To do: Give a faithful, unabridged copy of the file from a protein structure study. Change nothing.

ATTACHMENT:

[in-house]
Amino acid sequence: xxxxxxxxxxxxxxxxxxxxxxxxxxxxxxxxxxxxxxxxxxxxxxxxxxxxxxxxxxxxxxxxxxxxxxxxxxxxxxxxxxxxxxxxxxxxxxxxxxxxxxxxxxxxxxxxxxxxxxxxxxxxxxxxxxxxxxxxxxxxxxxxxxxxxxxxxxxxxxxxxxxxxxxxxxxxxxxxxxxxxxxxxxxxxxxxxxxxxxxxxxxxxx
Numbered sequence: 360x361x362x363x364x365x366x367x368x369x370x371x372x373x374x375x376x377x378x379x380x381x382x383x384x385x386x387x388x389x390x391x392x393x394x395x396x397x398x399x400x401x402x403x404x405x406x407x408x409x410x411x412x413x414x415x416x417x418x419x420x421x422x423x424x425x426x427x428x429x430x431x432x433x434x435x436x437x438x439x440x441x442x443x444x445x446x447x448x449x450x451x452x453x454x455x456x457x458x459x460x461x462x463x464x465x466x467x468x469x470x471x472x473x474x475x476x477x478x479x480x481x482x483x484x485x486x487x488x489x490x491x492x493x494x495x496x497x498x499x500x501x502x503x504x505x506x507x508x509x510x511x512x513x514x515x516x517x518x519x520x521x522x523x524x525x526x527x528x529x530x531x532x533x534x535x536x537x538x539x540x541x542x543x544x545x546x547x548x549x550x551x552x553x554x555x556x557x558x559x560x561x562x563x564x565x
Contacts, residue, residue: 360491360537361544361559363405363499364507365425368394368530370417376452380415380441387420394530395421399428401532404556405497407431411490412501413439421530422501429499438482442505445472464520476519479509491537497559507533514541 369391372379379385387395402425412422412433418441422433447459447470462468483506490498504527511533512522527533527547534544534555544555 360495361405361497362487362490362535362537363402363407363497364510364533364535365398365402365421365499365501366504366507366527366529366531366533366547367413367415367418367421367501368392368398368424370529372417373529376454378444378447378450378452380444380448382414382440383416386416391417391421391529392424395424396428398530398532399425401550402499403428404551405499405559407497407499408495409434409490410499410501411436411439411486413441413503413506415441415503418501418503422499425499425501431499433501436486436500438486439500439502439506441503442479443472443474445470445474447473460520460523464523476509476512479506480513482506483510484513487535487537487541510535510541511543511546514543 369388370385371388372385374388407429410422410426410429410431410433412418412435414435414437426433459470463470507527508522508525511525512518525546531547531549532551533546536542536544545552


[in-house]
Amino acid sequence: xxxxxxxxxxxxxxxxxxxxxxxxxxxxxxxxxxxxxxxxxxxxxxxxxxxxxxxxxxxxxxxxxxxxxxxxxxxxxxxxxxxxxxxxxxxxxxxxxxxxxxxxxxxxxxxxxxxxxxxxxxxxxxxxxxxxxxxxxxxxxxxxxxxxxxxxxxxxxxxxxxxxxxxxxxxxxxxxxxxxxxxxxxxxxxxxxxxxxxxxxxxxxx
Numbered sequence: 360x361x362x363x364x365x366x367x368x369x370x371x372x373x374x375x376x377x378x379x380x381x382x383x384x385x386x387x388x389x390x391x392x393x394x395x396x397x398x399x400x401x402x403x404x405x406x407x408x409x410x411x412x413x414x415x416x417x418x419x420x421x422x423x424x425x426x427x428x429x430x431x432x433x434x435x436x437x438x439x440x441x442x443x444x445x446x447x448x449x450x451x452x453x454x455x456x457x458x459x460x461x462x463x464x465x466x467x468x469x470x471x472x473x474x475x476x477x478x479x480x481x482x483x484x485x486x487x488x489x490x491x492x493x494x495x496x497x498x499x500x501x502x503x504x505x506x507x508x509x510x511x512x513x514x515x516x517x518x519x520x521x522x523x524x525x526x527x528x529x530x531x532x533x534x535x536x537x538x539x540x541x542x543x544x545x546x547x548x549x550x551x552x553x554x555x556x557x558x559x560x561x562x563x564x565x
Contacts, residue, residue: 360491360537361544361559363405363499364507365425368394368530370417376452380415380441387420394530395421399428401532404556405497407431411490412501413439421530422501429499438482442505445472464520476519479509491537497559507533514541 369391372379379385387395402425412422412433418441422433447459447470462468483506490498504527511533512522527533527547534544534555544555 360495361405361497362487362490362535362537363402363407363497364510364533364535365398365402365421365499365501366504366507366527366529366531366533366547367413367415367418367421367501368392368398368424370529372417373529376454378444378447378450378452380444380448382414382440383416386416391417391421391529392424395424396428398530398532399425401550402499403428404551405499405559407497407499408495409434409490410499410501411436411439411486413441413503413506415441415503418501418503422499425499425501431499433501436486436500438486439500439502439506441503442479443472443474445470445474447473460520460523464523476509476512479506480513482506483510484513487535487537487541510535510541511543511546514543 369388370385371388372385374388407429410422410426410429410431410433412418412435414435414437426433459470463470507527508522508525511525512518525546531547531549532551533546536542536544545552